Document Type


Publication Date




Publication Title

Journal of Neuroimmune Pharmacology




The question of whether the human brain is an anatomical site of persistent HIV-1 infection during suppressive antiretroviral therapy (ART) is critical, but remains unanswered. The presence of virus in the brains of HIV patients whose viral load is effectively suppressed would demonstrate not only the potential for CNS to act as an anatomical HIV reservoir, but also the urgent need to understand the factors contributing to persistent HIV behind the blood-brain barrier. Here, we investigated for the first time the presence of cells harboring HIV DNA and RNA in the brains from subjects with undetectable plasma viral load and sustained viral suppression, as identified by the National NeuroAIDS Tissue Consortium. Using new, highly sensitive in situ hybridization techniques, RNAscope and DNAscope, in combination with immunohistochemistry, we were able to detect HIV-1 in the brains of all virally suppressed cases and found that brain macrophages and microglia, but not astrocytes, were the cells harboring HIV DNA in the brain. This study demonstrated that HIV reservoirs persist in brain macrophages/microglia during suppressive ART, which cure/treatment strategies will need to focus on targeting.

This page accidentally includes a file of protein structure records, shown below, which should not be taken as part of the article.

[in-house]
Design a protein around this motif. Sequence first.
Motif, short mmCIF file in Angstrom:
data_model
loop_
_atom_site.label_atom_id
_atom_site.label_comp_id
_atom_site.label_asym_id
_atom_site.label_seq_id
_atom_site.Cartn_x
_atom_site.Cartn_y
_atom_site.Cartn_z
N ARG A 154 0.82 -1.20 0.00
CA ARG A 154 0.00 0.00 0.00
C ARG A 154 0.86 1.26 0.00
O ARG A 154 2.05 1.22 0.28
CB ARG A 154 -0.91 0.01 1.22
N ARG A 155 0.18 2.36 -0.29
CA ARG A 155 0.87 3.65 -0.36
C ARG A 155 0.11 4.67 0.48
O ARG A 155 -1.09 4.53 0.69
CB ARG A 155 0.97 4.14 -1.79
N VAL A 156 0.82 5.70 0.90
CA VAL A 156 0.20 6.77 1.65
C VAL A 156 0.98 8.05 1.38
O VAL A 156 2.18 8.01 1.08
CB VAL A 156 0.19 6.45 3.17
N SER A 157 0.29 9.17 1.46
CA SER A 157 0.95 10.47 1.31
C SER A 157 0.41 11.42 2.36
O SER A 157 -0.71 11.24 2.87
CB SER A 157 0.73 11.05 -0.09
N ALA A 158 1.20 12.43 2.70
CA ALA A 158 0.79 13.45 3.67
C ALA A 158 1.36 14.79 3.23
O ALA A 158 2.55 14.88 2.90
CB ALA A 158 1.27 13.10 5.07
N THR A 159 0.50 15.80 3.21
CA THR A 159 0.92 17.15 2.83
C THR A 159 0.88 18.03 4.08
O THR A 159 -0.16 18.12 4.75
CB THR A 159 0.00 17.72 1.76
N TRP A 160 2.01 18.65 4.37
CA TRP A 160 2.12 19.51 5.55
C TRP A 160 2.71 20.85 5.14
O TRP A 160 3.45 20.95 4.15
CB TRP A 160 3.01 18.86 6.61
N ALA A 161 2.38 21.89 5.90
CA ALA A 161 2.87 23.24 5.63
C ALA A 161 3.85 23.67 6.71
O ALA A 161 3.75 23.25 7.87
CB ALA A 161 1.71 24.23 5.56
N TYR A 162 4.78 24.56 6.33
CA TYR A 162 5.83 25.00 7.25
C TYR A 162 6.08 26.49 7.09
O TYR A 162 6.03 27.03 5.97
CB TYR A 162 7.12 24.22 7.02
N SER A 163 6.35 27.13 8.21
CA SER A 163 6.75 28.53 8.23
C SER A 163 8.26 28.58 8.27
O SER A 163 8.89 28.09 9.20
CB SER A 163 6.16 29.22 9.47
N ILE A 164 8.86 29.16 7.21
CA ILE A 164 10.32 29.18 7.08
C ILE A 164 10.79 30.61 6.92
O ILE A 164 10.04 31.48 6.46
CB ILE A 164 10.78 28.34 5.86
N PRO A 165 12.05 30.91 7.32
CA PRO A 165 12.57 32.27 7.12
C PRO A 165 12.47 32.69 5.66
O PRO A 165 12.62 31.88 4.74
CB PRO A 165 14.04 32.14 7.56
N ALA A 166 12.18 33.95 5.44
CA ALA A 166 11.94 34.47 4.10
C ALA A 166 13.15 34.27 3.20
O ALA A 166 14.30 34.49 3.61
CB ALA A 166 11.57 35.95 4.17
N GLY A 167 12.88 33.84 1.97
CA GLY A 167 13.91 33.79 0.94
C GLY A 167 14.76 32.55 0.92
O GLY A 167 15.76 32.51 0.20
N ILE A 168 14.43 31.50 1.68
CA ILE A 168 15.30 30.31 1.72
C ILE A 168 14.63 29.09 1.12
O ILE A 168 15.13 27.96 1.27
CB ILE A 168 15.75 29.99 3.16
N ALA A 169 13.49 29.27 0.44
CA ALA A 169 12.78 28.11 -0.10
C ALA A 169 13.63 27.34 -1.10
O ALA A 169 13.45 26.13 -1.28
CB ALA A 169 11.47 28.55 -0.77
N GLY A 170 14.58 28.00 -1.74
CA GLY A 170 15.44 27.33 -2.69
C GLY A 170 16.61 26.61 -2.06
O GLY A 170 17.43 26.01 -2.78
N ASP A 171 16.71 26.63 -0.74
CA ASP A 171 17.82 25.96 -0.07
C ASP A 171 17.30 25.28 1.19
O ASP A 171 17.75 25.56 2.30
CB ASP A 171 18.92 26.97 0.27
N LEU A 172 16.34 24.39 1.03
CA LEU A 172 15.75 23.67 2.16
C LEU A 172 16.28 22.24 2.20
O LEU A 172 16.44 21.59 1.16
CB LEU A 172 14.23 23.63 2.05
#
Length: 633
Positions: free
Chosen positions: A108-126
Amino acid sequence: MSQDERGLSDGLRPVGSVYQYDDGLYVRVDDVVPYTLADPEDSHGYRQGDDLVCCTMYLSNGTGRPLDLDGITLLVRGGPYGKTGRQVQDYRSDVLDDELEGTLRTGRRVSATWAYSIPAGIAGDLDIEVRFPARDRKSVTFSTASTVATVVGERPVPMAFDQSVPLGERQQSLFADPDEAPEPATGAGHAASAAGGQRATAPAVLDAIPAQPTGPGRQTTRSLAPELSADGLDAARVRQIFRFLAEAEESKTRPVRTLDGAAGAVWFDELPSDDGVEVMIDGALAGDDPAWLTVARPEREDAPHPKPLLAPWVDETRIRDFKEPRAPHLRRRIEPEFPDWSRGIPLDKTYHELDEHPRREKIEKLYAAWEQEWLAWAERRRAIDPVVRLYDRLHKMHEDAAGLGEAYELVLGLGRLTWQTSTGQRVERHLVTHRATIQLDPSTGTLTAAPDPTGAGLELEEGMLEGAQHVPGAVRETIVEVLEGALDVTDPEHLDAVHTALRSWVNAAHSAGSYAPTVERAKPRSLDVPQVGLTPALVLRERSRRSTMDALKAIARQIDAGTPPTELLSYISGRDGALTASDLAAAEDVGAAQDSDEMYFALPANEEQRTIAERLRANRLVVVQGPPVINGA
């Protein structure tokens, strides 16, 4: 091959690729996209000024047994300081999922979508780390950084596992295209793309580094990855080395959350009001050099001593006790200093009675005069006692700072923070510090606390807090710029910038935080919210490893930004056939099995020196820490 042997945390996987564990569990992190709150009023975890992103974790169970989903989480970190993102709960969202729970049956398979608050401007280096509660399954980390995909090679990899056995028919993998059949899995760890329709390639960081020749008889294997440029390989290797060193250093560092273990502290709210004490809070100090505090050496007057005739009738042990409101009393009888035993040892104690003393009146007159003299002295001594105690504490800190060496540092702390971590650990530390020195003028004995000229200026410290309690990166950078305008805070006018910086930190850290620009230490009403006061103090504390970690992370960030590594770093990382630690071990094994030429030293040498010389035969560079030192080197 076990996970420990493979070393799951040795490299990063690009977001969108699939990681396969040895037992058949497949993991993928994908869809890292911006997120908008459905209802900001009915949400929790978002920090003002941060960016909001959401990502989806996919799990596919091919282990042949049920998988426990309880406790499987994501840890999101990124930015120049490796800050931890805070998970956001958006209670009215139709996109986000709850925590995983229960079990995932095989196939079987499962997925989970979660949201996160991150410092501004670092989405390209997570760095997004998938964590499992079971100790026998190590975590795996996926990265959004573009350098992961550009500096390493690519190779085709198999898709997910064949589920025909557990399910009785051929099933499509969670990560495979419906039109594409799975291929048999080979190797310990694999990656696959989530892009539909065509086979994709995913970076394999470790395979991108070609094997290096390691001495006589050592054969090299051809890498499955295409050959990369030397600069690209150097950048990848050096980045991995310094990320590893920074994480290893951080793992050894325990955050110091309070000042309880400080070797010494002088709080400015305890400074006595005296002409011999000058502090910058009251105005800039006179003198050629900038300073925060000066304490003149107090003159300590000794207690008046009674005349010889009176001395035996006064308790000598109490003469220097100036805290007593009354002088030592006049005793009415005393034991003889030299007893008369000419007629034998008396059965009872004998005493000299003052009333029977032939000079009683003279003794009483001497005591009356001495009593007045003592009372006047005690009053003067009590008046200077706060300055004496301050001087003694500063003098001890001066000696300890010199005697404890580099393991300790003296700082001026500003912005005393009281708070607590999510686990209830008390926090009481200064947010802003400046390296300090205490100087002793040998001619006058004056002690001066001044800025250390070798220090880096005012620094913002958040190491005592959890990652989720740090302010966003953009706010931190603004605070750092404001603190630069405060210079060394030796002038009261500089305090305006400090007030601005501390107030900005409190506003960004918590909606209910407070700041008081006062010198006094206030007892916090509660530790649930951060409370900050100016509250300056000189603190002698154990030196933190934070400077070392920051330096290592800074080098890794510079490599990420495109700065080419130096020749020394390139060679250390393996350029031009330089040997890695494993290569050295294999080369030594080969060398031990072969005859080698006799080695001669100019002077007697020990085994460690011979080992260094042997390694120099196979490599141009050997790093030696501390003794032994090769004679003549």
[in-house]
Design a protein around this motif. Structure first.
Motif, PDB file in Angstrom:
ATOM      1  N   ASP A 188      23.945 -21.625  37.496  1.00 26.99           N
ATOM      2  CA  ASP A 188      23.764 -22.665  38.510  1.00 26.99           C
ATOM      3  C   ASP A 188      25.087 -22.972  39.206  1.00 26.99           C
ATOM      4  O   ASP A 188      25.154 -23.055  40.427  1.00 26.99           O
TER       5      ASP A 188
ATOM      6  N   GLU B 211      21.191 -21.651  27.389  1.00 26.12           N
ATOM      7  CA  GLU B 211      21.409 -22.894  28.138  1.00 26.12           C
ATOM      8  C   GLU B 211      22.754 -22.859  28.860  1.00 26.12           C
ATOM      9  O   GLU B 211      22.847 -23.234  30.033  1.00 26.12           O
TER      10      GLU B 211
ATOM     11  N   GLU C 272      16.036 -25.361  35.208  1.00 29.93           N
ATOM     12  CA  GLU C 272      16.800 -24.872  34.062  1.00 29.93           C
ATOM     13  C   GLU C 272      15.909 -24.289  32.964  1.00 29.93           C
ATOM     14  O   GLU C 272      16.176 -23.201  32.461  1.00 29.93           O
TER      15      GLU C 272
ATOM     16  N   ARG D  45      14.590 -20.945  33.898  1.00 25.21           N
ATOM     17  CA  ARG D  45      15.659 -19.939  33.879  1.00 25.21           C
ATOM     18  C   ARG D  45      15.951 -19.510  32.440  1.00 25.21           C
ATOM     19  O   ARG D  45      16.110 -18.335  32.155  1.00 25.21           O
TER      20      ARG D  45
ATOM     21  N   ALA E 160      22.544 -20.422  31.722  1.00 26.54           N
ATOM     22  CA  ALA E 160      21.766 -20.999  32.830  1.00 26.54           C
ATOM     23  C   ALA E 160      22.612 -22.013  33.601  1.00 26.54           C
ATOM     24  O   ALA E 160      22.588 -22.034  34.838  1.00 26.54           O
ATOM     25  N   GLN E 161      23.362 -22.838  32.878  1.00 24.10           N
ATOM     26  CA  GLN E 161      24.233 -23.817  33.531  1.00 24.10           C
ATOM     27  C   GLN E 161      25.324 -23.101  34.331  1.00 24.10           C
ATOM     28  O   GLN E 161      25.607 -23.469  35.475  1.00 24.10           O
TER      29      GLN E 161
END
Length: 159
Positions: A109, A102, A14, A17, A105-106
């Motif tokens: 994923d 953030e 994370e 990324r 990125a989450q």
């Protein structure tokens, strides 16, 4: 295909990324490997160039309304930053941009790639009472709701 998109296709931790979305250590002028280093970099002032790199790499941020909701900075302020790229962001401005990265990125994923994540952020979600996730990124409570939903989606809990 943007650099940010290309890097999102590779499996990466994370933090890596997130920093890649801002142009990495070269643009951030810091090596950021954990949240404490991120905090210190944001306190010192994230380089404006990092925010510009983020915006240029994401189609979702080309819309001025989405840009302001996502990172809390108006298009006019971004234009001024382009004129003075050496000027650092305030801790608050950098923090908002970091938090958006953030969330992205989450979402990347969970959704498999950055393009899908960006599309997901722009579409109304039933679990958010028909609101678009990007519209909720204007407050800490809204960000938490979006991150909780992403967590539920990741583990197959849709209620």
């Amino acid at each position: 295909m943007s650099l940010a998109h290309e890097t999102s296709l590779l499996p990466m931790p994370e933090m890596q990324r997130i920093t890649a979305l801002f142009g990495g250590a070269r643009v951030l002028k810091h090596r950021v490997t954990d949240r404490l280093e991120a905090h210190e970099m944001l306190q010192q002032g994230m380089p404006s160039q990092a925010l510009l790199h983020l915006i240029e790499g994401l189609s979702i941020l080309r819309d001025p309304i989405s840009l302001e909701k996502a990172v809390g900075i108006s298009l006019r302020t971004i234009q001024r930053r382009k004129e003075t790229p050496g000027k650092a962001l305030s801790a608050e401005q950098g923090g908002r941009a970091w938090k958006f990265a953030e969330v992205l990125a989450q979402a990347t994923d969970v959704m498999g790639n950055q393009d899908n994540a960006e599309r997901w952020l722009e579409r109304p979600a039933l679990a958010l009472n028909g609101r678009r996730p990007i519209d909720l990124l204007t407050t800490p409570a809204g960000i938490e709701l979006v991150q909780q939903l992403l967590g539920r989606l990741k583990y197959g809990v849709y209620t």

© The Author(s) 2018.

Open AccessThis article is distributed under the terms of the Creative Commons Attribution 4.0 International License (, which permits unrestricted use, distribution, and reproduction in any medium, provided you give appropriate credit to the original author(s) and the source, provide a link to the Creative Commons license, and indicate if changes were made.

This is an "Early Release Article."

Original Publication Citation

Ko, A., Kang, G., Hattler, J. B., Galadima, H. I., Zhang, J., Li, Q., & Kim, W. K. (2018). Macrophages but not astrocytes harbor hiv DNA in the brains of HIV-1-infected aviremic individuals on suppressive antiretroviral therapy. Journal of Neuroimmune Pharmacology, 1-10. doi:10.1007/s11481-018-9809-2